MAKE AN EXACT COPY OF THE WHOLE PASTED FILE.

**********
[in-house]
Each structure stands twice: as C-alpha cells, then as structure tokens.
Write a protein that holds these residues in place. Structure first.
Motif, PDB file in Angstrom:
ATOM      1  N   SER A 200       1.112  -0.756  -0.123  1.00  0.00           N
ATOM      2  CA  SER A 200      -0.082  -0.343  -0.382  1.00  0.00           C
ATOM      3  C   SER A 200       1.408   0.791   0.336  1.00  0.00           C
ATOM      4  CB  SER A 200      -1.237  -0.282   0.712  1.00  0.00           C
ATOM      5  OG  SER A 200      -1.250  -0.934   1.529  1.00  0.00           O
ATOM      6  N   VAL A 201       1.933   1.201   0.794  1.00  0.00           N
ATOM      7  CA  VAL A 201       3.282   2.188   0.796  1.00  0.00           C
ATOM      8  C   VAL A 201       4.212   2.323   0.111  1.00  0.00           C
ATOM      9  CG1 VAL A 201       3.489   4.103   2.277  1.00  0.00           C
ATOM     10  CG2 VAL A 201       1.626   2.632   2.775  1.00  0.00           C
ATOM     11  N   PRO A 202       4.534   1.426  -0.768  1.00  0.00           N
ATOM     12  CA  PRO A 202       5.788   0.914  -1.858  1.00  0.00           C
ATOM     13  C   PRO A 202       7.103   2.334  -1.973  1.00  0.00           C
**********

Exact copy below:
[in-house]
Each structure stands twice: as C-alpha cells, then as structure tokens.
Write a protein that holds these residues in place. Structure first.
Motif, PDB file in Angstrom:
ATOM      1  N   SER A 200       1.112  -0.756  -0.123  1.00  0.00           N
ATOM      2  CA  SER A 200      -0.082  -0.343  -0.382  1.00  0.00           C
ATOM      3  C   SER A 200       1.408   0.791   0.336  1.00  0.00           C
ATOM      4  CB  SER A 200      -1.237  -0.282   0.712  1.00  0.00           C
ATOM      5  OG  SER A 200      -1.250  -0.934   1.529  1.00  0.00           O
ATOM      6  N   VAL A 201       1.933   1.201   0.794  1.00  0.00           N
ATOM      7  CA  VAL A 201       3.282   2.188   0.796  1.00  0.00           C
ATOM      8  C   VAL A 201       4.212   2.323   0.111  1.00  0.00           C
ATOM      9  CG1 VAL A 201       3.489   4.103   2.277  1.00  0.00           C
ATOM     10  CG2 VAL A 201       1.626   2.632   2.775  1.00  0.00           C
ATOM     11  N   PRO A 202       4.534   1.426  -0.768  1.00  0.00           N
ATOM     12  CA  PRO A 202       5.788   0.914  -1.858  1.00  0.00           C
ATOM     13  C   PRO A 202       7.103   2.334  -1.973  1.00  0.00           C